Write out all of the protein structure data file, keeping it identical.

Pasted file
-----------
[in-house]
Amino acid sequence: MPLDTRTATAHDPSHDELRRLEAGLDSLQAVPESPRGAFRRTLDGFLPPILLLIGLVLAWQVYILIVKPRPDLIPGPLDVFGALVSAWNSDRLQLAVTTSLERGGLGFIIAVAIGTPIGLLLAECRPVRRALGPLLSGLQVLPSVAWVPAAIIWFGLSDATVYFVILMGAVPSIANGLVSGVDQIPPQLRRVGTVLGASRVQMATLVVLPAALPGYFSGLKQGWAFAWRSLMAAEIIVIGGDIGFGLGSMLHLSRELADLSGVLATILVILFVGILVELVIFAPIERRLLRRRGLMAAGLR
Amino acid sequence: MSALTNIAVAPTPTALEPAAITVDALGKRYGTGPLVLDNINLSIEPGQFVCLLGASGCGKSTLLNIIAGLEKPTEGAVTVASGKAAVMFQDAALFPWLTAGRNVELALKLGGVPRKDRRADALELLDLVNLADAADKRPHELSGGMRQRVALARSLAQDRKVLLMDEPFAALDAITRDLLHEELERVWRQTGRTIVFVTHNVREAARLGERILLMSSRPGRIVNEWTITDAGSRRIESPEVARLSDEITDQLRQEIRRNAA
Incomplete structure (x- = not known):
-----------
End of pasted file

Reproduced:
[in-house]
Amino acid sequence: MPLDTRTATAHDPSHDELRRLEAGLDSLQAVPESPRGAFRRTLDGFLPPILLLIGLVLAWQVYILIVKPRPDLIPGPLDVFGALVSAWNSDRLQLAVTTSLERGGLGFIIAVAIGTPIGLLLAECRPVRRALGPLLSGLQVLPSVAWVPAAIIWFGLSDATVYFVILMGAVPSIANGLVSGVDQIPPQLRRVGTVLGASRVQMATLVVLPAALPGYFSGLKQGWAFAWRSLMAAEIIVIGGDIGFGLGSMLHLSRELADLSGVLATILVILFVGILVELVIFAPIERRLLRRRGLMAAGLR
Amino acid sequence: MSALTNIAVAPTPTALEPAAITVDALGKRYGTGPLVLDNINLSIEPGQFVCLLGASGCGKSTLLNIIAGLEKPTEGAVTVASGKAAVMFQDAALFPWLTAGRNVELALKLGGVPRKDRRADALELLDLVNLADAADKRPHELSGGMRQRVALARSLAQDRKVLLMDEPFAALDAITRDLLHEELERVWRQTGRTIVFVTHNVREAARLGERILLMSSRPGRIVNEWTITDAGSRRIESPEVARLSDEITDQLRQEIRRNAA
Incomplete structure (x- = not known):